The United Nations has called for a special court to try war crimes committed during the Sri Lankan army’s long conflict with Tamil Tiger rebels.
In a long-awaited report, the UN human rights office accused both sides of atrocities, especially during the final stages of the war in 2009.
In response Sri Lanka promised a local inquiry but will not allow the proposed court, which would have foreign judges.
One UN estimate is that 40,000 Tamils died in the final army offensive.
Analysis: Charles Haviland, former BBC correspondent in Colombo
In the government’s reaction to the report, there appears to be one major shift. Cabinet spokesman Rajitha Senaratne told the BBC that ex-President Rajapaksa and his family would not necessarily be protected if there were allegations of serious crimes against them.
“Where even the president or other commanders or defence secretaries – whoever – is involved, our government is ready to take action.”
But otherwise Colombo is sticking to its line that a Sri Lankan process, with nothing more international than advice, will suffice. He said a series of domestic commissions, including a South Africa-style Truth Commission, will be set up “to clear the name of the country”.
That is not compatible with the hard-hitting UN report. Its main thrust is that a hybrid – part-international, part-Sri Lankan – tribunal is needed, because “years of denials and cover-ups” mean the Sri Lankan system is “not yet ready to handle these types of crime”.
Earlier this week Sri Lanka’s new government unveiled plans to set up a truth and reconciliation commission to examine war crimes allegations, including those against the military.
The previous government of President Mahinda Rajapaksa had resisted international pressure to investigate the issue.
Sexual violence and torture
Unveiling the report in Geneva, UN Commissioner for Human Rights Zeid Ra’ad Al Hussein said only a special court with international magistrates and investigators would be up to the huge task of examining the alleged crimes over a nine year period up to 2011.
“Our investigation has laid bare the horrific level of violations and abuses that occurred in Sri Lanka, including indiscriminate shelling, extrajudicial killings, enforced disappearances, harrowing accounts of torture and sexual violence, recruitment of children and other grave crimes,” he said.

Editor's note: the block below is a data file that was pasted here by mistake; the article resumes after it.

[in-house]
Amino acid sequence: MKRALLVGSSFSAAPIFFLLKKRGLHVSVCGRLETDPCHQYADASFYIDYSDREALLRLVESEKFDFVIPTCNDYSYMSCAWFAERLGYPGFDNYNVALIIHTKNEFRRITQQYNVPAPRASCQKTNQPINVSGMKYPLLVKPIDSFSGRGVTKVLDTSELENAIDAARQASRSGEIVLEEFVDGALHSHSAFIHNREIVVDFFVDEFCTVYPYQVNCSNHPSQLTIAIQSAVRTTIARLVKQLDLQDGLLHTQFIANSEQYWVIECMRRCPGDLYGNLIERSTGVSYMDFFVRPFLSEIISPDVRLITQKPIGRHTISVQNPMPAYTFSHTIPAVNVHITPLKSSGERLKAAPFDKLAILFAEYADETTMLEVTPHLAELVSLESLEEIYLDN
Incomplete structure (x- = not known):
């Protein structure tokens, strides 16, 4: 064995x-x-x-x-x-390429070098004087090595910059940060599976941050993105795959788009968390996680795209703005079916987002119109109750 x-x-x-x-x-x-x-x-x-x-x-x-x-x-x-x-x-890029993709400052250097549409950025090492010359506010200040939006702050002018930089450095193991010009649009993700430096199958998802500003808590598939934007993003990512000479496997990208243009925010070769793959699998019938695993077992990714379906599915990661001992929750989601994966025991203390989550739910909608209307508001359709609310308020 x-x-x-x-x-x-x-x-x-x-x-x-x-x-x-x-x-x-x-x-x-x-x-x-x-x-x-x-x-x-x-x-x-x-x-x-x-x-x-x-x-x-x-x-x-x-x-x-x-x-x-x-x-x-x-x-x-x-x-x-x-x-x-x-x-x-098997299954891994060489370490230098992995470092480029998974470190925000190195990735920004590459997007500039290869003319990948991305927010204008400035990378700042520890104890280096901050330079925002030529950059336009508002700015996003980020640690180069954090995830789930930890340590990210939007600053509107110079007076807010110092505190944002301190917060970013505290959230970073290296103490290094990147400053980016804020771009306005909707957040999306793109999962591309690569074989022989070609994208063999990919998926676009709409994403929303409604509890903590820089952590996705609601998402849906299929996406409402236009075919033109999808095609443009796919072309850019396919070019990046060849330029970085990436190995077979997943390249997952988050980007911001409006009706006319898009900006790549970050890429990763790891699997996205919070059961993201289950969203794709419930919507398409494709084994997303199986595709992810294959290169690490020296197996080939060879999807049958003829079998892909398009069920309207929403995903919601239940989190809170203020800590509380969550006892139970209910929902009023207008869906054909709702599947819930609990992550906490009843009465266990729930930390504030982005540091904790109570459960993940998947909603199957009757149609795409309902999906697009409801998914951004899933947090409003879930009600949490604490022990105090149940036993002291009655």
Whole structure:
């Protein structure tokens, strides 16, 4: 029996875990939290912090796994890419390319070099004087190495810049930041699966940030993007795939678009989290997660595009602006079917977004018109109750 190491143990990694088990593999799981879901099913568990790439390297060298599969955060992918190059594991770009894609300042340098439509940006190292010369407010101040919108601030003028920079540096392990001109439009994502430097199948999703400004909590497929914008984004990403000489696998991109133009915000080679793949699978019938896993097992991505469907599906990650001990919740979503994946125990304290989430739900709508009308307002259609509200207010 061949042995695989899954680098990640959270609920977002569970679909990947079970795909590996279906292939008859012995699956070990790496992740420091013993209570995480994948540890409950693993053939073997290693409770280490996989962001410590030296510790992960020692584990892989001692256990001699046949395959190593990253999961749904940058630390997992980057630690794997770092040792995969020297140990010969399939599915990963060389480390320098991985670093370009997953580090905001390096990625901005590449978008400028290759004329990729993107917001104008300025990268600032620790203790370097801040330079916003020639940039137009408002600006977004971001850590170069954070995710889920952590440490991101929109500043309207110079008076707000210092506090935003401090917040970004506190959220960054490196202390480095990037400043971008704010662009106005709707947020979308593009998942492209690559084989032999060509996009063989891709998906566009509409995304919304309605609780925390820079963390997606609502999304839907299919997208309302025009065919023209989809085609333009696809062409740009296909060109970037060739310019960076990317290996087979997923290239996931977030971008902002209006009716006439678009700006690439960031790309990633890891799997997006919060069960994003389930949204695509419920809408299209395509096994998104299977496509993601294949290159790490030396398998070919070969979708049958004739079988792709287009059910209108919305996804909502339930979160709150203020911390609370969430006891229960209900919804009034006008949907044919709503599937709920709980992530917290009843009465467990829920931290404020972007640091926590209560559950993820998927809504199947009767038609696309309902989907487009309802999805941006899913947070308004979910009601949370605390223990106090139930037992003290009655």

He also called on the Sri Lankan government to remove from office anyone if there were credible grounds to believe they had committed human rights abuses.
Other main points include
- numerous unlawful killings between 2002 and 2011, allegedly by both sides
- enforced disappearances affecting tens of thousands over decades
- the “brutal use of torture” by security forces, in particular during the immediate aftermath of the conflict
- extensive sexual violence against detainees by the security forces “with men as likely to be victims as women”
- forced recruitment of adults and children by the rebels, particularly towards the end of the conflict
The report said forced recruitment by the rebels would, if proven in court, be a war crime. The denial of humanitarian assistance – which it said the government might be guilty of – could also constitute a war crime.
Senior Sri Lankan minister Rajitha Senaratne told the BBC: “Our stand on war crimes is we need an internationally accepted local inquiry. We are not ready to agree with the international inquiries.”
Despite its promises to pursue accountability, the government elected last month would be reluctant to hold war-crimes trials, correspondents say.
The BBC’s Azzam Ameen in Colombo says most among the majority Sinhalese community opposed prosecuting troops.
Some Tamil politicians in the north back a UN-led inquiry and say they have no faith in a domestic process.
The final months of the war saw hundreds of thousands of Tamil civilians trapped in territory held by the Tamil Tigers (LTTE) in the north-east.
While government forces were accused of indiscriminate shelling leading to massive casualties, the Tamil Tiger rebels were alleged to have used civilians as human shields and shot people trying to escape.
Allegations persist to this day that the army killed rebel leaders and others after they surrendered or were captured – and the UN admitted in 2012 that it could and should have done more to protect civilians.
As well as the thousands of Tamils who died in the final battles near Mullaitivu, many others are still missing.
The UN human rights office postponed the planned publication of its report in March, after Mr Rajapaksa lost the presidential election to party rival Maithripala Sirisena in January.
Mr Sirisena, who served as a government minister during the final stages of the war, had promised to co-operate with the UN.
The Rajapaksa government held its own commission into what happened in the last years of the war, but critics said it lacked credibility.
The 26-year war left at least 100,000 people dead. There are still no confirmed figures for tens of thousands of civilian deaths in the last months of battle.
One investigation said it was possible up to 40,000 people had been killed in the final five months alone. Others suggest the number of deaths could be even higher.